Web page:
Since the hoard was excavated in summer 2012 we have been waiting to start taking it apart to find out just what is inside. We have now just about finished doing everything that we had to do first so some time in the next few days we will remove our first coins. It took the best part of two years to organize all the funding and permissions for the work and then the last couple of months to get our equipment and staff. Viki has now started with us and thank God for that as, together with Georgia, they have picked up the scanner software training more easily than I did. This training wasn't helped by the fact that the laser scanner arrived broken and had to be shipped back to Germany for repair. The training unfortunately had already been booked so we had to do it before the scanner re-appeared. Fortunately the scanner company sent someone over the following week to finish the hands-on stuff we'd missed and we are all pretty much up to speed on it. We have just about finished the definitive first laser scan of the hoard's surface. This will be the most accurate permanent record of how the hoard was before we started work on it so it was important to get this right.
The job of cleaning all the loose coins that we had already removed from the hord and its vicinity is now almost done as well. We've cleaned over two thousand coins and this gives some idea of the hoard's full size as it's made virtually no difference to its appearance. We have been lucky to have Reg Meade and Richard Miles, the hoard finders, still working with us as they have been invaluable for coin recognition. I'm sure that Reg won't mind me saying that Richard in particular has turned out to be an expert and has now taken over the job of classification as his main role in our team. We've just started putting all the records of the cleaned coins on our public access database so anyone will be able to follow our progress soon. We will include all the information we know about the coins including photographs of them in their finished state.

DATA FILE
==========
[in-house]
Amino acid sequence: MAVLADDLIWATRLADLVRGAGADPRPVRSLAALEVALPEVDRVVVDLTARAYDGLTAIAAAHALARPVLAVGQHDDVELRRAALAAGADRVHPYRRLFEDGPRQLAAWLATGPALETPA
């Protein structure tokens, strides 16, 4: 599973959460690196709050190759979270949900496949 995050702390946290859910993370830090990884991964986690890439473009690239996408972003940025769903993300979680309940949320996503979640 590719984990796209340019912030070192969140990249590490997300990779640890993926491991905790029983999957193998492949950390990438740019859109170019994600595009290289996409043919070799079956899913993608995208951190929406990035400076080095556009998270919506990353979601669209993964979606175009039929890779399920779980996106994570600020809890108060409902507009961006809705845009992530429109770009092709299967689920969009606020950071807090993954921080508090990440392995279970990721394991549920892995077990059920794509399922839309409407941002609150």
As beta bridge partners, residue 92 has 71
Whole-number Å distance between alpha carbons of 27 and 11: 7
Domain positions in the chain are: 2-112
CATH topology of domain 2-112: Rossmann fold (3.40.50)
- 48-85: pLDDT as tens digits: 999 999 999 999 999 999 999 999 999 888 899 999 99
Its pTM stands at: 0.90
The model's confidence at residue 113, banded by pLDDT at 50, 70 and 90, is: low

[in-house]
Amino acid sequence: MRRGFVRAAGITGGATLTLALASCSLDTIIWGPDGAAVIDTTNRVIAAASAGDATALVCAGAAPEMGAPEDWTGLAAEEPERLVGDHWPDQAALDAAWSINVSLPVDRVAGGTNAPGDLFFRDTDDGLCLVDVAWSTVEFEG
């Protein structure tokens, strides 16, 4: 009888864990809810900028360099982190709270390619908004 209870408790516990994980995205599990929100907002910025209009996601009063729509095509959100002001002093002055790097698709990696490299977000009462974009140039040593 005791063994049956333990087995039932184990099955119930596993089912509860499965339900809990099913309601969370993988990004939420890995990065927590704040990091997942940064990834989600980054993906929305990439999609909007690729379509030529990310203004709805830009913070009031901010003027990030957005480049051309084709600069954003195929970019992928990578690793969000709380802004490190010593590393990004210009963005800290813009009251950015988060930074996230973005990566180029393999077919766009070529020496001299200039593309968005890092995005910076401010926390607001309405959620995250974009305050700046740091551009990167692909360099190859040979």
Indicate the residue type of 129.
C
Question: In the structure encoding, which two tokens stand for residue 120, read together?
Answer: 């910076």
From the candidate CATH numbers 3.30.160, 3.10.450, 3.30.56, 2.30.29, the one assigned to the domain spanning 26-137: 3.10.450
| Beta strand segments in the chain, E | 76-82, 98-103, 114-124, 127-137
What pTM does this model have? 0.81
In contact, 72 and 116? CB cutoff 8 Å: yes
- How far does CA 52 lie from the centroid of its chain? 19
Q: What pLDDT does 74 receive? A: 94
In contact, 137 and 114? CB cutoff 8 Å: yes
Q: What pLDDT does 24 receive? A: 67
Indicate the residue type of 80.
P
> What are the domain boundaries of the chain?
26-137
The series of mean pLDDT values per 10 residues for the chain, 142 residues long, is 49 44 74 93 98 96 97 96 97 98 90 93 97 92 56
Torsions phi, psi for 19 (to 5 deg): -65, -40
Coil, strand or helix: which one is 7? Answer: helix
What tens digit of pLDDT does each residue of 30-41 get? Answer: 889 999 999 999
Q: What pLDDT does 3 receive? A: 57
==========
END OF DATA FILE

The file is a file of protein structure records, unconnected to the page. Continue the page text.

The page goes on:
One type of coins we've found have turned out to be a real mystery. Most of the hoard is made up of staters (about the size of a 10p coin) and quarter staters (smaller than a 5p) but we are finding increasing numbers of even smaller ones, called petit billons. Apparently there were only tens of these coins known in the world before our hoard but we are now finding several every day. The previous ones had always been found in Jersey as well and apparently there is no accepted dating system for these or knowledge even of which tribes made them so it's all very mysterious.
Well that's about it for now but hopefully I'll post again the next few days showing our first seperated coins, hooray!